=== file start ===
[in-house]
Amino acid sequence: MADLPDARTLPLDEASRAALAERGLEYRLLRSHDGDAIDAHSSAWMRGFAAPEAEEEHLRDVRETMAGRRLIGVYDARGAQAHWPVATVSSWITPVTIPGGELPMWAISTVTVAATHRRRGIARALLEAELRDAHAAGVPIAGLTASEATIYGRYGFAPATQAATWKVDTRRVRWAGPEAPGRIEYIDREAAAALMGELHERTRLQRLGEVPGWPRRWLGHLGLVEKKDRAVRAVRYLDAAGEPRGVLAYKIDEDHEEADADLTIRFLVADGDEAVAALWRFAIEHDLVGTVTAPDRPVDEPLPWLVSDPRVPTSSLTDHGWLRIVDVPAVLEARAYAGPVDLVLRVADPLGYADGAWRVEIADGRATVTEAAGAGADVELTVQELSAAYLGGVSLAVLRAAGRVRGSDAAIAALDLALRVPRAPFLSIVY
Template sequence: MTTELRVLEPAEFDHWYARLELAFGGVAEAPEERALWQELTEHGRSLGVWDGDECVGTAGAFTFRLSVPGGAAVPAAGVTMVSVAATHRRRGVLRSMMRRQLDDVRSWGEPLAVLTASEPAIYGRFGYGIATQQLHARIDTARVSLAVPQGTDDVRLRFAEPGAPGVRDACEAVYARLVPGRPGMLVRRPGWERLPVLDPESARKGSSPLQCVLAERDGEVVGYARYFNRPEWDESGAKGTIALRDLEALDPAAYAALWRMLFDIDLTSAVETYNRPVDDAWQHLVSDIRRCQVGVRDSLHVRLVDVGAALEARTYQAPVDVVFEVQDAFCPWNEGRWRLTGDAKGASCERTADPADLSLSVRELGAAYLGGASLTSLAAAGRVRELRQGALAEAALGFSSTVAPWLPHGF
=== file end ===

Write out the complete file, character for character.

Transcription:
[in-house]
Amino acid sequence: MADLPDARTLPLDEASRAALAERGLEYRLLRSHDGDAIDAHSSAWMRGFAAPEAEEEHLRDVRETMAGRRLIGVYDARGAQAHWPVATVSSWITPVTIPGGELPMWAISTVTVAATHRRRGIARALLEAELRDAHAAGVPIAGLTASEATIYGRYGFAPATQAATWKVDTRRVRWAGPEAPGRIEYIDREAAAALMGELHERTRLQRLGEVPGWPRRWLGHLGLVEKKDRAVRAVRYLDAAGEPRGVLAYKIDEDHEEADADLTIRFLVADGDEAVAALWRFAIEHDLVGTVTAPDRPVDEPLPWLVSDPRVPTSSLTDHGWLRIVDVPAVLEARAYAGPVDLVLRVADPLGYADGAWRVEIADGRATVTEAAGAGADVELTVQELSAAYLGGVSLAVLRAAGRVRGSDAAIAALDLALRVPRAPFLSIVY
Template sequence: MTTELRVLEPAEFDHWYARLELAFGGVAEAPEERALWQELTEHGRSLGVWDGDECVGTAGAFTFRLSVPGGAAVPAAGVTMVSVAATHRRRGVLRSMMRRQLDDVRSWGEPLAVLTASEPAIYGRFGYGIATQQLHARIDTARVSLAVPQGTDDVRLRFAEPGAPGVRDACEAVYARLVPGRPGMLVRRPGWERLPVLDPESARKGSSPLQCVLAERDGEVVGYARYFNRPEWDESGAKGTIALRDLEALDPAAYAALWRMLFDIDLTSAVETYNRPVDDAWQHLVSDIRRCQVGVRDSLHVRLVDVGAALEARTYQAPVDVVFEVQDAFCPWNEGRWRLTGDAKGASCERTADPADLSLSVRELGAAYLGGASLTSLAAAGRVRELRQGALAEAALGFSSTVAPWLPHGF